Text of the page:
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It is rare such a complete Twenty20 performance has one standout hero. But as England picked up their fourth and most compelling victory of this World Cup, beating Sri Lanka by 26 runs having been 35 for three and made to fret in the second innings as they contended with dew, they triumphed because of a(nother) white ball masterclass from Jos Buttler.
England’s own limited overs phenom underlined his credentials as the best T20 batter in the world with a ridiculous 101 not out. Ridiculous because he had just 24 from his first 30 having opened the batting. Ridiculous because he then went on to smoke 77 from the last 37. Absurd, too, given this was his first international T20 century, and second in all T20. As it happens, five of his nine hundreds in 50-over cricket have come from fewer deliveries. England would not have got anywhere near their total of 163 for four without him.
Not content with becoming the first Englishman to register three figures in all three formats, he then affected a game-changing run out to dismiss Sri Lanka captain Dasun Shanaka (26), who had brought his side back into the match. A partnership of 53 with Wanindu Hasaranga (34) gave hope of a positive response after defeats to Australia and South Africa.
That fightback coincided with injury to Tymal Mills, who pulled up midway through his second over with a quad injury and left Eoin Morgan a bowler light. But the skipper, who had returned to some semblance of form with 40, put faith in this rest of his bowlers and got crafty with his fields. All of the unchanged XI held their nerve to maintain England’s 100 per cent record with an over to spare.
Buttler’s was one of those rare T20 knocks that was put in context in real-time. England were reduced to 35 for three in the sixth over, struggling to come to terms with the lack of bounce on a Sharjah pitch they had not played on before. The main architect of their destruction was leg spinner Hasaranga, rattling the off stump of Jason Roy (nine) and then fooling Jonny Bairstow with a googly to trap him LBW on review for a first-ball duck. Dawid Malan (eight) lost his off stump to Dushmantha Chameera in between.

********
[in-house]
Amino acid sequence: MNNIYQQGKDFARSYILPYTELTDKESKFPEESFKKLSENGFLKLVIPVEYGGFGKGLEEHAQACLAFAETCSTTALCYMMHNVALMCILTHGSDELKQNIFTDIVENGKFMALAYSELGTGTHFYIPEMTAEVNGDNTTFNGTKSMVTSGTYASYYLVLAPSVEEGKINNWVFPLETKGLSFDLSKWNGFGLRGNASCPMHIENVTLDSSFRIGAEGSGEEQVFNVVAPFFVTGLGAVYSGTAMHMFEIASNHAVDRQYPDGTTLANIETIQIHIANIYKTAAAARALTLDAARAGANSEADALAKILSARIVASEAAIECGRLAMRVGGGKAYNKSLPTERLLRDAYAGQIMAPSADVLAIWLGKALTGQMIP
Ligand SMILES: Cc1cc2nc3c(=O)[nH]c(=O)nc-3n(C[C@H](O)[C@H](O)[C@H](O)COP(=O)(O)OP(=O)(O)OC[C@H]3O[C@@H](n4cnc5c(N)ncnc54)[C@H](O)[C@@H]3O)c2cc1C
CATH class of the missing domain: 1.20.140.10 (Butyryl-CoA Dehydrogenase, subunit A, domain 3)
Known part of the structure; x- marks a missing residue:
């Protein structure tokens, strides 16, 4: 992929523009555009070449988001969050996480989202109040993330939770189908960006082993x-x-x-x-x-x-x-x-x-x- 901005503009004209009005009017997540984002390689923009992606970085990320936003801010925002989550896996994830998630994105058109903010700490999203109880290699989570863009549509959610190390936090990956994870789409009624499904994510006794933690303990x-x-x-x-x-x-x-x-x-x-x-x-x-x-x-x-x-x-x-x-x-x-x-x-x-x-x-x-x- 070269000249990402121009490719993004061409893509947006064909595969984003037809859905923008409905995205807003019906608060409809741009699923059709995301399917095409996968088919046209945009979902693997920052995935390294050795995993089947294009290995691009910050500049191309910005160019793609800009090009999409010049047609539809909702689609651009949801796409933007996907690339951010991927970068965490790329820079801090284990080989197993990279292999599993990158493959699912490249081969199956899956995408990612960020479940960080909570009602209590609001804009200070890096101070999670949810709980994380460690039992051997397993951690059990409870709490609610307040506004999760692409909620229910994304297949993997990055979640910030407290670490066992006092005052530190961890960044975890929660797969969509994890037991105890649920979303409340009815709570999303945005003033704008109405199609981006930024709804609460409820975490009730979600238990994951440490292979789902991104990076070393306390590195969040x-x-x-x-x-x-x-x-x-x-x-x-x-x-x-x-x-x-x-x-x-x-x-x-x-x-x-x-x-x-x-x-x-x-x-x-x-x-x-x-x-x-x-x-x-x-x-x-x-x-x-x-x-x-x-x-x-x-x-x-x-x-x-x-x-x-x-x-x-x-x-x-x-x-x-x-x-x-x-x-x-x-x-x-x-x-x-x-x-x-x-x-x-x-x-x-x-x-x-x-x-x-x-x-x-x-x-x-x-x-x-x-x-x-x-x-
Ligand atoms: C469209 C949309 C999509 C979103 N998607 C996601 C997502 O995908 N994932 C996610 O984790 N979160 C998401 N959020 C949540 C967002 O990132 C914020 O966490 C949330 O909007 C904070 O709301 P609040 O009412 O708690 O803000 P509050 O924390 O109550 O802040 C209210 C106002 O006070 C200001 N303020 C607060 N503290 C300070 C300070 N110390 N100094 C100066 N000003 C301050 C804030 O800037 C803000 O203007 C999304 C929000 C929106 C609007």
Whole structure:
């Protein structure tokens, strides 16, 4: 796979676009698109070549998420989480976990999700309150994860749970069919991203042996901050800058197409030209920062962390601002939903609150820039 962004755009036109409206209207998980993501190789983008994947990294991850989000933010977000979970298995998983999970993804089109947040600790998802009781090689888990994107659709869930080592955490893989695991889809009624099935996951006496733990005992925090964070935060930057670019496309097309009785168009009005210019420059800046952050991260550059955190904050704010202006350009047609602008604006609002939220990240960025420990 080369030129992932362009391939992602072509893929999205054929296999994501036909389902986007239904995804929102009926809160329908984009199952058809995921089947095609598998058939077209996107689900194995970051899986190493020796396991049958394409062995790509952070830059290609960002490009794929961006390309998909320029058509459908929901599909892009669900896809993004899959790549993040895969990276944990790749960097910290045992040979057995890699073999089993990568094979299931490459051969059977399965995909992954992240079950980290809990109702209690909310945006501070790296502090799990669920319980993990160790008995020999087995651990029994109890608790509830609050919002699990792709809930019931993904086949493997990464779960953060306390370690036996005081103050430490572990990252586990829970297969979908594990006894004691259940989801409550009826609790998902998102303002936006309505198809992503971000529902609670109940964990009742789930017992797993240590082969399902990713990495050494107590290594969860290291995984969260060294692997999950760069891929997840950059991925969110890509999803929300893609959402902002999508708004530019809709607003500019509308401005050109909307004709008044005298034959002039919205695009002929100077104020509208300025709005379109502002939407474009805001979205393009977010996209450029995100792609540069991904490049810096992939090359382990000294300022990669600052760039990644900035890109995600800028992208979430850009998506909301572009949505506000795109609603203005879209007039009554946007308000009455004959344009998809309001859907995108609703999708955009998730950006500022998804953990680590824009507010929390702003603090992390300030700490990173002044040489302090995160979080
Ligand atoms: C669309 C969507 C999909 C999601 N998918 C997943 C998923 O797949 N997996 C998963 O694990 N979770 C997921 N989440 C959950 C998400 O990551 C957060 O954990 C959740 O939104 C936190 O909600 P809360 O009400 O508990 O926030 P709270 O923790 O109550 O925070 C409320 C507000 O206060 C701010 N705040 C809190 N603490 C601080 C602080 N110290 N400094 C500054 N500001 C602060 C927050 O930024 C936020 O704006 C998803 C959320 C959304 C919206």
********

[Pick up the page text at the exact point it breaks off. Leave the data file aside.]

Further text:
At 10 overs, England had limped to 47 for three: Morgan threatening to stink out the joint with six from 15, while Jos had been subdued. For a moment, as they stumbled through batting first for the first time in this tournament, England’s aura of invincibility started to dim.
Not for long, though. Just 4.3 overs later, the score had been doubled. Buttler found 13 from the 13th over – which included hitting the first six of the innings – then Morgan found his touch with a charging six over extra cover to start off a Lahiru Kumara over that went for 22. The England captain struck a couple more sixes to get to 40 before he was bowled going for a fourth to give Hasaranga his 50th dismissal in the format. With the score now 147 for three with 10 balls to go, it wasn’t quite a silver lining, even if the 24-year-old became the fifth-fastest male bowler to the tally.